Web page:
Feds say Virginia businessman falsely labeled crab products
A Virginia businessman faces federal charges for allegedly participating in a conspiracy to sell fraudulent seafood products.
James R. Casey, owner and President of Casey’s Seafood, Inc., in Newport News, Virginia, is accused of violating the Lacey Act, which covers the trafficking of illegal fish and wildlife. According to a news release from Dana Boente, the U.S. Attorney for Virginia’s eastern district, he faces up to five years in prison if found guilty.
Prosecutors claim that during a three-year period starting in July 2012, the 74-year-old ordered his employees to mix foreign-caught crab meat with Atlantic blue crab meat and label it as an American product. The workers removed the foreign product from the original shipper’s packaging, combined it with another foreign crab product and then place those in different containers.
In some instances, according to court documents, Casey’s staff covered up labels that indicated the products originated in Brazil or China.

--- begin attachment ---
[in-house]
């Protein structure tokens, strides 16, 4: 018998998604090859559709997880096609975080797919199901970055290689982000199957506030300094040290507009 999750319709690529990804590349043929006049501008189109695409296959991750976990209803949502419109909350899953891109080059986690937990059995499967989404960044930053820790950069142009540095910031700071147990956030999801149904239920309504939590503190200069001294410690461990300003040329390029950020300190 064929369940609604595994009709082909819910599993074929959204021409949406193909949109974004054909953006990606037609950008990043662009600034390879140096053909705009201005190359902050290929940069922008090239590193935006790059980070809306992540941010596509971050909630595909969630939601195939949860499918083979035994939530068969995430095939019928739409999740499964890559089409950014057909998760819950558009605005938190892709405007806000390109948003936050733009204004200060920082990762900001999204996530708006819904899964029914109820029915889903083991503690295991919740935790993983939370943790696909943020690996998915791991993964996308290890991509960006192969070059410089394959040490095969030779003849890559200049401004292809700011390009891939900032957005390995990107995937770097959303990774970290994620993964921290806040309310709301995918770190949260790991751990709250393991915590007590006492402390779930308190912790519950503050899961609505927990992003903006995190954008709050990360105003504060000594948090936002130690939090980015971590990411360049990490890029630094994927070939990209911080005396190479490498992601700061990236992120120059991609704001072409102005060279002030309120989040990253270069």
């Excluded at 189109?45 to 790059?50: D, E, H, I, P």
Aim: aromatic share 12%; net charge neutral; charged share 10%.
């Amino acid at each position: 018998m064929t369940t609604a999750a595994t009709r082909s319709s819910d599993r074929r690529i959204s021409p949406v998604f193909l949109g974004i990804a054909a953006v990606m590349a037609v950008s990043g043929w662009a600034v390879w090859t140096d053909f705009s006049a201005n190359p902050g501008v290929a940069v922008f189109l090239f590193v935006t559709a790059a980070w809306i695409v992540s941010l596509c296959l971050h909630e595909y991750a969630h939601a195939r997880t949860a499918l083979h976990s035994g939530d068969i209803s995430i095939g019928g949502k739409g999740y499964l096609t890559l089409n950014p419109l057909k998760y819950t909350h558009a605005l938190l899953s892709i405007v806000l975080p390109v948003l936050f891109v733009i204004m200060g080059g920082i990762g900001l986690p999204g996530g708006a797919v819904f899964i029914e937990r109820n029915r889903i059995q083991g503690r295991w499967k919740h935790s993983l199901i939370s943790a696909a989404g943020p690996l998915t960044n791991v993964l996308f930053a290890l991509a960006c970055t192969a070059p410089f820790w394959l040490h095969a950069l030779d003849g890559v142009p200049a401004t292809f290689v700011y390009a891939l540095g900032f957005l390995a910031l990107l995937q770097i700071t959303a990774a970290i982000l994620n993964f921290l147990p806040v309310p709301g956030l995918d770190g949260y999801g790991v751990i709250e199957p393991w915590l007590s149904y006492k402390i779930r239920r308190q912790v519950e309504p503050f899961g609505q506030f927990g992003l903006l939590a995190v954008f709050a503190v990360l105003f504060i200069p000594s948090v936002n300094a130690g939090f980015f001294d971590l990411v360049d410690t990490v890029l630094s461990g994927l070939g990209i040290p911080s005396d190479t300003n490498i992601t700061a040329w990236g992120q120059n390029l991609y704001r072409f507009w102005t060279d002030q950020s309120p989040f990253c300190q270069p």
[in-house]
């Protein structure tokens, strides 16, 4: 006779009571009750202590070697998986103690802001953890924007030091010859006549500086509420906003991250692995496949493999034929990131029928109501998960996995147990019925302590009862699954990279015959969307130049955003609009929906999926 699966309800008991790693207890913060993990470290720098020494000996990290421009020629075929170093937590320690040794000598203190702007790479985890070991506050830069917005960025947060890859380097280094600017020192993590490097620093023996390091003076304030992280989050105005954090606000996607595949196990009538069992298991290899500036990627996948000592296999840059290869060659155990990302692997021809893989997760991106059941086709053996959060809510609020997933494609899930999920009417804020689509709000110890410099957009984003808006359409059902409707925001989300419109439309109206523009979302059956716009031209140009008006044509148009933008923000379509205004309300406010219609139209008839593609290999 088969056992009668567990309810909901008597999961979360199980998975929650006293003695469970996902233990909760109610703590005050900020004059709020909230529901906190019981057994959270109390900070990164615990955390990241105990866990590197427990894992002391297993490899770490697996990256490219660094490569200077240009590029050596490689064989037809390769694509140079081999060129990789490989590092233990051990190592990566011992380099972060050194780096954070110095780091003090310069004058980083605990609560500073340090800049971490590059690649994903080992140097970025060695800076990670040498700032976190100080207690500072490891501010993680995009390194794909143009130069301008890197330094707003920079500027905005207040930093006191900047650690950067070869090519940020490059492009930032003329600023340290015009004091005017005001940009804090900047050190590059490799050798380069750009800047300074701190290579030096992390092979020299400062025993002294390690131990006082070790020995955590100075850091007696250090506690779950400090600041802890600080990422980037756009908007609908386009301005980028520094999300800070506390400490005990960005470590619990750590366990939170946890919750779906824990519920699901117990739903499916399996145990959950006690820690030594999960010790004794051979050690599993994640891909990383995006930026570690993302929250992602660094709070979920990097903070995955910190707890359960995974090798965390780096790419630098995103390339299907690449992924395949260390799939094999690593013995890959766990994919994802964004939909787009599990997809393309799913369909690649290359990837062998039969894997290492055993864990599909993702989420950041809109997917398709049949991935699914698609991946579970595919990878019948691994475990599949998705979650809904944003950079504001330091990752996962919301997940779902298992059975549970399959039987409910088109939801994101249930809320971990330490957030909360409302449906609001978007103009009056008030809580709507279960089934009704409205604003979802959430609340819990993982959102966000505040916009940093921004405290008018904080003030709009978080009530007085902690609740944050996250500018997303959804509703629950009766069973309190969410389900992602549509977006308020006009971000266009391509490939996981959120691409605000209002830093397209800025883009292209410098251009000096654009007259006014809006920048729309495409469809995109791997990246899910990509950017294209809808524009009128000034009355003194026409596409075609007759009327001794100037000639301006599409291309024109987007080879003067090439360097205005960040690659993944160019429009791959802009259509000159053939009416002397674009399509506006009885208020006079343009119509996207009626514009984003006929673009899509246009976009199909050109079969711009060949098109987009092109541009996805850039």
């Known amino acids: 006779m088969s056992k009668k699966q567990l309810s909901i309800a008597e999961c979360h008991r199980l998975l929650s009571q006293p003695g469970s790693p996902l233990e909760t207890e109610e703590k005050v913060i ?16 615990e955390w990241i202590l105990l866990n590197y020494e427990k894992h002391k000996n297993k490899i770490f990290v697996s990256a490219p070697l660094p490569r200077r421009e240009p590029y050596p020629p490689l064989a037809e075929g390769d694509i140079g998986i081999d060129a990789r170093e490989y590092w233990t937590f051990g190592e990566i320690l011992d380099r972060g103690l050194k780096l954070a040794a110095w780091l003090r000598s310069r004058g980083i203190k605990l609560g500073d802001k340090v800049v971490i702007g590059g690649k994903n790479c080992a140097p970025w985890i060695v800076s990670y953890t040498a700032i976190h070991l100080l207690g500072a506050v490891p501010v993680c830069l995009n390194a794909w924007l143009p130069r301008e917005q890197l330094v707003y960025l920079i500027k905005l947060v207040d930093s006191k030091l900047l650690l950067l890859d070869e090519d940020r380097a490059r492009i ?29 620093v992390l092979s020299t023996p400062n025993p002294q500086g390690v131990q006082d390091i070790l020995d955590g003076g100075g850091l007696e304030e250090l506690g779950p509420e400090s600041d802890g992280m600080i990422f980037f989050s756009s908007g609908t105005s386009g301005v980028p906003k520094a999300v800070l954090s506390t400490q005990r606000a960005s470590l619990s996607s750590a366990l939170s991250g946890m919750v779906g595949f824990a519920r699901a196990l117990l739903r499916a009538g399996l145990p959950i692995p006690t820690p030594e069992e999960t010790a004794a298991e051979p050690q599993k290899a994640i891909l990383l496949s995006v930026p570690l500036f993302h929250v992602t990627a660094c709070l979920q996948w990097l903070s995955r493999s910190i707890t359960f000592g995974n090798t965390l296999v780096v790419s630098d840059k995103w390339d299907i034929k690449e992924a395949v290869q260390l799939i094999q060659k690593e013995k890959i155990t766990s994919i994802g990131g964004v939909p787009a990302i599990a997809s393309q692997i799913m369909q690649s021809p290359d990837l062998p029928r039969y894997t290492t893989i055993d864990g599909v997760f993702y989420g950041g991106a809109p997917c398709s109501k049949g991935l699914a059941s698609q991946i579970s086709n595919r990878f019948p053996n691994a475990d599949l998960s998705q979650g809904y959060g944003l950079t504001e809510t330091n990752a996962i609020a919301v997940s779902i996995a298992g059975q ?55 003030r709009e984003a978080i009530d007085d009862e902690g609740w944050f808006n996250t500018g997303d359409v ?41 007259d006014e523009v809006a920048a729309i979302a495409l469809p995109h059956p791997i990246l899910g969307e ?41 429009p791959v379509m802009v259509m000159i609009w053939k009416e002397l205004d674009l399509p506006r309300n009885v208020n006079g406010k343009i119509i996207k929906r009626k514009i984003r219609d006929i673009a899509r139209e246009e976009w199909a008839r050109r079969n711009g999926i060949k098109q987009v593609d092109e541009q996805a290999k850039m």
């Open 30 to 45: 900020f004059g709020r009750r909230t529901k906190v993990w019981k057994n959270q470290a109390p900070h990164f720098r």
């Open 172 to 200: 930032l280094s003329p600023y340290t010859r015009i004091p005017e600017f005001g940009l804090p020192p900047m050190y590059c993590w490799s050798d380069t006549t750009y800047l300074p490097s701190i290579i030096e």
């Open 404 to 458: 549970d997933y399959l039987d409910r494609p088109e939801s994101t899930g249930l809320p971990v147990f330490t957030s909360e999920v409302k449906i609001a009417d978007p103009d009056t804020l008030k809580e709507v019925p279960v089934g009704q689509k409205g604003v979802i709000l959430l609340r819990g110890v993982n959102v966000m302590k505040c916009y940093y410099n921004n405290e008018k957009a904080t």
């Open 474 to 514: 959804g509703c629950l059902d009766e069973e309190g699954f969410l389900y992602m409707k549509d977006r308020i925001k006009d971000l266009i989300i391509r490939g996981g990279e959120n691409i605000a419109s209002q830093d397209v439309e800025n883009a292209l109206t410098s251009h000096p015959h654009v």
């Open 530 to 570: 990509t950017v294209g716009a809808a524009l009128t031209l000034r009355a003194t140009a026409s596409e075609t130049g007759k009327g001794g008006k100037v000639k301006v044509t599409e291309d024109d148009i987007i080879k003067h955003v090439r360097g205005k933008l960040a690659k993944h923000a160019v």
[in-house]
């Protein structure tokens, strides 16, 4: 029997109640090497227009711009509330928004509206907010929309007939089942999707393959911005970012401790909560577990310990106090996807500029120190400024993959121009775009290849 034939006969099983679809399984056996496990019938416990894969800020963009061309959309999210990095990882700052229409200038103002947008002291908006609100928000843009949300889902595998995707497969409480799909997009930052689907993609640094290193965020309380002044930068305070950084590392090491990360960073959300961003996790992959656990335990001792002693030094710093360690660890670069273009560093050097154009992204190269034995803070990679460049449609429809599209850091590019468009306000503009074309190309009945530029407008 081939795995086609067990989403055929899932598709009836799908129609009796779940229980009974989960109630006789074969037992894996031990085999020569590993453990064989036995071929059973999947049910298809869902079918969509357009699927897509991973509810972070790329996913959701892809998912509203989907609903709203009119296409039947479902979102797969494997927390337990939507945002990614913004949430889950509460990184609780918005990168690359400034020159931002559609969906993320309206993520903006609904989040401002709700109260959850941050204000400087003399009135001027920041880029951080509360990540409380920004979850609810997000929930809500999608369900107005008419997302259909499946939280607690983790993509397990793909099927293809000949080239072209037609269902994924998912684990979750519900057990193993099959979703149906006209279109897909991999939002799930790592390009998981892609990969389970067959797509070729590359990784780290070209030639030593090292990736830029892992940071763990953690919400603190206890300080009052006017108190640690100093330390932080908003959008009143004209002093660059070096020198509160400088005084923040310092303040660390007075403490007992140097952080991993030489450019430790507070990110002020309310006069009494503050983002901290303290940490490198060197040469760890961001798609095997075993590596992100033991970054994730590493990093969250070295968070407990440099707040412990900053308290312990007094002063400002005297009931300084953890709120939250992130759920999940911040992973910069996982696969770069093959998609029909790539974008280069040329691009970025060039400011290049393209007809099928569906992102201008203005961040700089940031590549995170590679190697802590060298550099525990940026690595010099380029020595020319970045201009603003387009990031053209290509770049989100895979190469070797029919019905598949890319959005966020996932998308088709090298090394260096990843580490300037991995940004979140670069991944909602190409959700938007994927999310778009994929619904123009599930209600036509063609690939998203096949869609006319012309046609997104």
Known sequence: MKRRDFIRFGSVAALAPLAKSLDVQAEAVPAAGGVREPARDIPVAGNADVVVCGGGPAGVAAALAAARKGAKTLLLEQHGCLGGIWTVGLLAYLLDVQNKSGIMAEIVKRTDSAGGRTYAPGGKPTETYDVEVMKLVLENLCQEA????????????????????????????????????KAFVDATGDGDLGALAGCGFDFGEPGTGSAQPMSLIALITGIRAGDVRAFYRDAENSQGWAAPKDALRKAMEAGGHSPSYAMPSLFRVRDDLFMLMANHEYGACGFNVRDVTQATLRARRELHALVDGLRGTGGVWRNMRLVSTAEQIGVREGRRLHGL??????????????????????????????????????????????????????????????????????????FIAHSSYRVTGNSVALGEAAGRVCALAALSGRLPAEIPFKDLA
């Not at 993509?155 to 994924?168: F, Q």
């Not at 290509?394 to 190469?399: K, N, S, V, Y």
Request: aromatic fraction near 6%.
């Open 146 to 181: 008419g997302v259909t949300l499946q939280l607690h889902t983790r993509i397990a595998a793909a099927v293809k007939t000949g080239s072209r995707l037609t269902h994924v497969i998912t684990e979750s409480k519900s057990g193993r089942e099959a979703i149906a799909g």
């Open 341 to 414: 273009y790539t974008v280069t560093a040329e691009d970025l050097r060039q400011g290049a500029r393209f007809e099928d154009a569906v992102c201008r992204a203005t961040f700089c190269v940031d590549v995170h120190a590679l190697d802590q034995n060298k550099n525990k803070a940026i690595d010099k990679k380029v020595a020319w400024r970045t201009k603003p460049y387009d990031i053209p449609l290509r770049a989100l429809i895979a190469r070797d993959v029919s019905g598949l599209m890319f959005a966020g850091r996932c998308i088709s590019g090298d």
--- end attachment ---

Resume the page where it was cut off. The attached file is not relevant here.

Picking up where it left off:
Casey and his co-conspirators, who were unnamed in the release, intentionally mislabeled nearly 400,000 pounds of products from countries in Asia and Latin America. Prosecutors claim the retail value of the products is worth in the millions of U.S. dollars.
Keith Loren Kimball, the federal public defender representing Casey, said in an email his client would not make a statement at this time.
Seafood fraud has been a growing concern in recent years. Conservation group Oceana conducted investigations between 2010 and 2015 and determined that about a third of the seafood it checked was mislabeled, often a lower-priced species.
Earlier this month, the U.S. began enforcing the Seafood Import Monitoring Program, which is designed to prevent mislabeled fish from entering the market. Blue crab is among the priority species for the program, which requires importers to track the products from the time they are caught to the time the reach the country.
In an email, Oceana Senior Director Beth Lowell told SeafoodSource her organization was working to ensure all seafood sold in the U.S. is "safe, legally caught and honestly labeled."
"This type of bait and switch cheats consumers and undermines honest fishermen and seafood businesses that follow the rules," Lowell said.